The wait is over. Coral Gables commissioners on Friday hired Cathy Swanson-Rivenbark, the Hollywood city manager, as its top administrator.
The Gables has been without a city manager for more than six months, since former city manager Pat Salerno resigned in April after five years on the job. In September, the city had hired a new manager, who withdrew the next day after court records raised concerns about him.
Before working in Hollywood, Swanson-Rivenbark had worked for Coral Gables for 20 years as the city’s development director.
She left in 2009 to become assistant city manager in Hollywood. In 2012, Hollywood named her city manager after two stints as interim manager. Hollywood is about three times as large as Coral Gables, whose population was about 50,000 in 2013.
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Bud Park, a recruiter hired by the city, recommended Swanson-Rivenbark last week after talking with more than 100 candidates.
In a special meeting convened Friday, city commissioners conducted a two-hour public interview with her, grilling her on the city’s pension, infrastructure and choices she made in Hollywood.
At times, though, the atmosphere was light-hearted.
“You stole my question,” Commissioner Vince Lago joked with Commissioner Frank Quesada.
“That just means you’re on the same page,” Swanson-Rivenbark said, chuckling.
After the session, the five commissioners unanimously offered her the position. She will receive a base salary of $205,000 plus a car. The city will pay for its insurance, maintenance, gas and any repairs. The city also will pay her cellphone bill, among other benefits.
“I lead from the front and the others join me. I represent a lot of history, but I also represent a whole lot of future,’’ Swanson-Rivenbark said. “I have the expertise, experience and the training to do this job right.’’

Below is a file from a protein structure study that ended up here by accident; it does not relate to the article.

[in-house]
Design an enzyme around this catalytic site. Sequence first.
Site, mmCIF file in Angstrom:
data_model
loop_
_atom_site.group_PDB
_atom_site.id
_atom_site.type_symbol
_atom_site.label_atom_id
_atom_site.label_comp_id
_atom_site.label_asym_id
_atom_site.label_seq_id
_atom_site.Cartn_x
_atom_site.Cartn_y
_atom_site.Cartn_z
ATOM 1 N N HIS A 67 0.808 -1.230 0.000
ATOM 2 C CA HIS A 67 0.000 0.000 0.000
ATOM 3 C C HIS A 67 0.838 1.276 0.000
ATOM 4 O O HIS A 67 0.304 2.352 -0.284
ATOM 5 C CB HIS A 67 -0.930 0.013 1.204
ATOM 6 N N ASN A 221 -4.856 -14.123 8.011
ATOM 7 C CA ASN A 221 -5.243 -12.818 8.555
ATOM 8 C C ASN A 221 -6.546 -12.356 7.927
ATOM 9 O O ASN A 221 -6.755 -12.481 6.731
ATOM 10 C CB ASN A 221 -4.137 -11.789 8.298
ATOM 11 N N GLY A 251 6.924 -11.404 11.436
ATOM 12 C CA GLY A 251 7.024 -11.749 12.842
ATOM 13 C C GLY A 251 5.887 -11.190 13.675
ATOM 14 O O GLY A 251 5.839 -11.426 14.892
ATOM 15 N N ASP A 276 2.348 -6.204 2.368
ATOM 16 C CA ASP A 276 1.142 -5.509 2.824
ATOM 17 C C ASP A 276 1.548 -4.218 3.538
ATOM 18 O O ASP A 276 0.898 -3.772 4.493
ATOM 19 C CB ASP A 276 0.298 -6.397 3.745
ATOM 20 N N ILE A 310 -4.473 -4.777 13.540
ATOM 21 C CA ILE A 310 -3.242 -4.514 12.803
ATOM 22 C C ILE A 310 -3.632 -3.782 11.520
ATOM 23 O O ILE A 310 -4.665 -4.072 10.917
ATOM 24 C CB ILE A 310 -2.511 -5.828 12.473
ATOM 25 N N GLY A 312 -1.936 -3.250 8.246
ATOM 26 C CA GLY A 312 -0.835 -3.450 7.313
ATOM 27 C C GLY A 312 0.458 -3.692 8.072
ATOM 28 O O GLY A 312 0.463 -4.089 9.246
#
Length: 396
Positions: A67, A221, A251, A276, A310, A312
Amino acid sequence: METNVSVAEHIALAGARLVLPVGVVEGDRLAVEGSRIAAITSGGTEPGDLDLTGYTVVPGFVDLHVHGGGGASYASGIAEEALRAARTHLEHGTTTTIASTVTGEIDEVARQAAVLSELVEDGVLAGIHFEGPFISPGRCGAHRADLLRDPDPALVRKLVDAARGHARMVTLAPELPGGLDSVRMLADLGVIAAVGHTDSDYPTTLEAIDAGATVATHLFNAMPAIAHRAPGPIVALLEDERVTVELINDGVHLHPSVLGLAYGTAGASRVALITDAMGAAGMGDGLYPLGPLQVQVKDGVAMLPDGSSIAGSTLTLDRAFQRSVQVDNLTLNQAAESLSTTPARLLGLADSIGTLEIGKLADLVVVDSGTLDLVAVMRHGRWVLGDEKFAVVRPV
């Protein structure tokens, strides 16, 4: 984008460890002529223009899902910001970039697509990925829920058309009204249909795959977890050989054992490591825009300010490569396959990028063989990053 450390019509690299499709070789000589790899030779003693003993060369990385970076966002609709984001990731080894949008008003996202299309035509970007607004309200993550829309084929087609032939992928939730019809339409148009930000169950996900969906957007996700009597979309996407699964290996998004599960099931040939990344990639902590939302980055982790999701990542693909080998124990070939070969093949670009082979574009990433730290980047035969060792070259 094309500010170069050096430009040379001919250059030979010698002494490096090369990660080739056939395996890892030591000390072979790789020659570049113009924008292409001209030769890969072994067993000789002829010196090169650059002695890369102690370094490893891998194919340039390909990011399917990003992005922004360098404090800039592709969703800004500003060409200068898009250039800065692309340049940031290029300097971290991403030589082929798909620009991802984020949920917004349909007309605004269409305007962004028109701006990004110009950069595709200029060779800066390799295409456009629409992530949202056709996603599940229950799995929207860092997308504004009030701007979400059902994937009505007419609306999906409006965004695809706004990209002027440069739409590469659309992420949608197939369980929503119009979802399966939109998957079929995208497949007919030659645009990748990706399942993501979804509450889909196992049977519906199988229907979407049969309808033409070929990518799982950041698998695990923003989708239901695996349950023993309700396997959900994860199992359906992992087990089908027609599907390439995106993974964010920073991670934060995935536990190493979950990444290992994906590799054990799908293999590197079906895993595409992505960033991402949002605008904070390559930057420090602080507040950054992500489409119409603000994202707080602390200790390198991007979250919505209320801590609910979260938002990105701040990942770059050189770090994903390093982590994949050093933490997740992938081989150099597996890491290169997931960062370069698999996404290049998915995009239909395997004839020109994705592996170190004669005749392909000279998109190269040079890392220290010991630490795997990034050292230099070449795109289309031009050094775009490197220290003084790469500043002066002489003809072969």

Swanson-Rivenbark emerged from a longer list of potential candidates, including Frank Nero, who resigned as CEO of the Beacon Council last year, and Alice Bravo, Miami’s deputy city manager and the city’s point person on the cleanup of public parks.
Two weeks ago, Park brought Swanson-Rivenbark to meet the mayor and commissioners individually. They met informally outside the city.
Days later, she got fingerprinted at City Hall, turned in her résumé and signed paperwork allowing the city to conduct a background check. She passed it on Oct. 30, Park said.
“I am saddened both for myself and for the City of Hollywood at the loss of an excellent city manager,” said Hollywood City Attorney Jeff Sheffel. “But I certainly understand her reasons for taking the position.”
Before her hiring, the city went through a convoluted process in search of a new city manager.
The city had hired Colin Baenziger & Associates, a Daytona Beach Shores firm, to conduct a search, paying it $30,000.
Based on Baenziger’s slate of candidates, the city offered the position to Jim Beard, Atlanta’s chief financial officer for four years. However, a day after the city hired him, Beard withdrew after details surfaced in court records about a bankruptcy, a suspended driver’s license and a paternity suit. Baenziger apologized to the city, saying the firm forgot to ask applicants to disclose past lawsuits.
The firm refunded the city about two-thirds of its fee. The commissioners then hired Park for a $25,000 fee to conduct a 60-day search. Park will receive an additional $10,000 because the city hired his candidate before the 60-day period was over.
Swanson-Rivenbark’s contract in Hollywood requires her to give 45 days’ notice before leaving. She told the Herald she planned on giving notice Friday.
In Hollywood, Swanson-Rivenbark receives a $172,000 base salary, has a $500 monthly car allowance and a $125 monthly cellphone allowance. Pat Salerno made $190,000, had a take-home car and a city-issued cellphone.
Park described her as having a “solution-oriented approach” and as someone who gives “tough assignments and accomplishes them with grace, tenacity and good humor.”
He cited her work on the groundbreaking of Margaritaville, a multimillion-dollar resort and conference center on Hollywood Beach, along with the hiring of a new police chief.
Toward the end of the interview Mayor Jim Cason told Swanson-Rivenbark that he has received many calls from people telling him that Swanson-Rivenbark was the “real deal.”
“I’m sorry for their enthusiasm,” she joked. “Yes, but sometimes you have to go away to get the experience you need to come back.”
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